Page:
Publications

Integrating Socially Assistive Robotics into Mental Healthcare Interventions: Applications and Recommendations for Expanded Use

Social assistive robotics is not proposed as a replacement for specially trained and knowledgeable professionals nor is it seen as a panacea for all mental healthcare needs. Instead, robots can serve as clinical tools and assistants in a wide range of settings. Given the dramatic growth in this area, now is a critical moment for individuals in the mental healthcare community to become engaged in this research and steer it toward our field’s most pressing clinical needs.

Rabbitt, S. M., Kazdin, A. E., & Scassellati, B. (2014). Clinical Psychology Review. doi:10.1016/j.cpr.2014.07.001

Socially Assistive Robots in Elderly Care: A Mixed-Method Systematic Literature Review

Eighty-six studies in 37 study groups have been included. The findings imply positive effects of SAR on elderly well-being. [...]This review revealed that SAR can potentially enhance elderly well-being and decrease the workload on caregivers.

Kachouie, R., Sedighadeli, S., Khosla, R., & Chu, M.-T. (2014). International Journal of Human-Computer Interaction, 30(5), 369–393. doi:10.1080/10447318.2013.873278

The effects of robot-enhanced psychotherapy: A meta-analysis

The results show that robot-enhanced therapy yielded a medium effect size overall and, specifically on the behavioral level, indicating that 69% of patients in the control groups did worse than the average number of participants in the intervention group. More studies are needed with regard to specific outcomes to prove the efficacy of robot-enhanced therapy, but the overall results clearly support the use of robot-enhanced therapy for different populations.

Costescu, C. A., Vanderborght, B., & David, D. O. (2014). Review of General Psychology, 18(2), 127–136. doi:10.1037/gpr0000007

A remote social robot to motivate and support diabetic children in keeping a diary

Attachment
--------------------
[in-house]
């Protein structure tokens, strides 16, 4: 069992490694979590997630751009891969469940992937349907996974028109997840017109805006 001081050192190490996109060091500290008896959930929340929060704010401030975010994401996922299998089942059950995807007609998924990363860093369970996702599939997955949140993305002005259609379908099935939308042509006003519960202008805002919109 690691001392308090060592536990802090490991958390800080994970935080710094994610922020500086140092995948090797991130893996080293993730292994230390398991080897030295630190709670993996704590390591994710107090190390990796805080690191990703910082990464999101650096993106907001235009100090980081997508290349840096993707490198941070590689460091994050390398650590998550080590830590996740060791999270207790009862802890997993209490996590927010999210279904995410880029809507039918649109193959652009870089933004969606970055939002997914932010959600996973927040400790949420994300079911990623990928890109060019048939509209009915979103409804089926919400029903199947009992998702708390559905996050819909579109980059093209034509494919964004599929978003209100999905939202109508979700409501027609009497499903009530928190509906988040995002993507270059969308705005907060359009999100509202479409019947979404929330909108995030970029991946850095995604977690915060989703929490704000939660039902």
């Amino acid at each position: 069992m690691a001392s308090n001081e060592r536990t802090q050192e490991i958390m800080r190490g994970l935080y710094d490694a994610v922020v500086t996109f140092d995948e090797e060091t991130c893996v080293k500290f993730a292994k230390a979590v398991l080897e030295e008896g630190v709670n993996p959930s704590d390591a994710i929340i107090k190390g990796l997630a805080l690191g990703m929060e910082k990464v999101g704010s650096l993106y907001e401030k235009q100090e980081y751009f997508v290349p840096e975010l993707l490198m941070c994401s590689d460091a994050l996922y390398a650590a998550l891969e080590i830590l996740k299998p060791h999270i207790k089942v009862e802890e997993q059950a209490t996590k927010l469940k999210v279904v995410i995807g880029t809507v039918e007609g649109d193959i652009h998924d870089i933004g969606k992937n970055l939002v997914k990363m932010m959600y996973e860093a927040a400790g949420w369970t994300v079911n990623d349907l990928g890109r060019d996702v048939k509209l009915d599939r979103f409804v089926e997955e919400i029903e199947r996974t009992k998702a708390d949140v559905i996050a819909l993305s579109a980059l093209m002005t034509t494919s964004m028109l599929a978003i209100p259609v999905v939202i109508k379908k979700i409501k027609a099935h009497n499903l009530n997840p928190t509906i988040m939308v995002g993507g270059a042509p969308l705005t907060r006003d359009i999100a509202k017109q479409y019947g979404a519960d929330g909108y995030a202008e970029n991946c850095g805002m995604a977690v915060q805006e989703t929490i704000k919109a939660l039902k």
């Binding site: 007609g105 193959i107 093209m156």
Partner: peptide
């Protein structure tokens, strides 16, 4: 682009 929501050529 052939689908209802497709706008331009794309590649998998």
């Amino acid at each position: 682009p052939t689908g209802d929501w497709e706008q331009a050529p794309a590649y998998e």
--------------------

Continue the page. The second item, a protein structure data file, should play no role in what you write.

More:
Results show that children shared significantly more personal experiences in their diaries when they were interacting with the robot. Furthermore, they greatly enjoyed working with the robot and came to see it as a helpful and supportive friend.

Van der Drift, E. J., Beun, R.-J., Looije, R., Blanson Henkemans, O. A., & Neerincx, M. A. (2014). In Proceedings of the 2014 ACM/IEEE international conference on Human-robot interaction (pp. 463–470). ACM

Evaluation of a Small Socially-Assistive Humanoid Robot in Intelligent Homes for the Care of the Elderly

Results showed that the small humanoid robot was trusted by participants. [...] Participants might engage in an emotional relationship with the robot, but that perceived enjoyment might decrease over time.

Torta, E., Werner, F., Johnson, D. O., Juola, J. F., Cuijpers, R. H., Bazzani, M., … Bregman, J. (2014). Journal of Intelligent & Robotic Systems, 1–15

Attitudes Towards Socially Assistive Robots in Intelligent Homes: Results From Laboratory Studies and Field Trials

Overall, results show that socially assistive robots positively affect user experience and motivation compared to standard smart environment interfaces such as touch screens. However, people still tend to prefer conventional interfaces for receiving information.

Torta, E., Oberzaucher, J., Werner, F., Cuijpers, R. H., & Juola, J. F. (2013). Journal of Human-Robot Interaction, 1(2). doi:10.5898/JHRI.1.2.Torta